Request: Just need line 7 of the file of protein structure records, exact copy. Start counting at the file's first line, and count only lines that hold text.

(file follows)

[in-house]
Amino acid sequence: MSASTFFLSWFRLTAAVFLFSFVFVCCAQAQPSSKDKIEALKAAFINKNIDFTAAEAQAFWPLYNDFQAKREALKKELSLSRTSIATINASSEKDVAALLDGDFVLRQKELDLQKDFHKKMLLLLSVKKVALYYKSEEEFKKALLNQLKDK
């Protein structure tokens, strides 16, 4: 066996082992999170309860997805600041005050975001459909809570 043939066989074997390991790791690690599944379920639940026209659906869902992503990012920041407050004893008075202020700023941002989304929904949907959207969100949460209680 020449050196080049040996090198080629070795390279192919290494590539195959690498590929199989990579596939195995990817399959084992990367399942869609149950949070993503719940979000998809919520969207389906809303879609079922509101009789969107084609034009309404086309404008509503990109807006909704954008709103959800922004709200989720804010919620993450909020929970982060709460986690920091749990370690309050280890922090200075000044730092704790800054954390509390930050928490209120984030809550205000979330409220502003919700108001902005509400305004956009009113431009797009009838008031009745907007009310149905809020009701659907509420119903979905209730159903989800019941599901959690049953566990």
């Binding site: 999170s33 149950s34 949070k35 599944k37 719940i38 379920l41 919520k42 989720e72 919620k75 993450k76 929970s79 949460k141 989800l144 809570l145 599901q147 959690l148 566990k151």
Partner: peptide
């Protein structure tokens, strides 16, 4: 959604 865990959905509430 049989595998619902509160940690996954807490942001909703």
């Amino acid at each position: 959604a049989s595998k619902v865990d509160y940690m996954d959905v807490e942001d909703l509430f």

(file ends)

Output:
């Amino acid at each position: 959604a049989s595998k619902v865990d509160y940690m996954d959905v807490e942001d909703l509430f």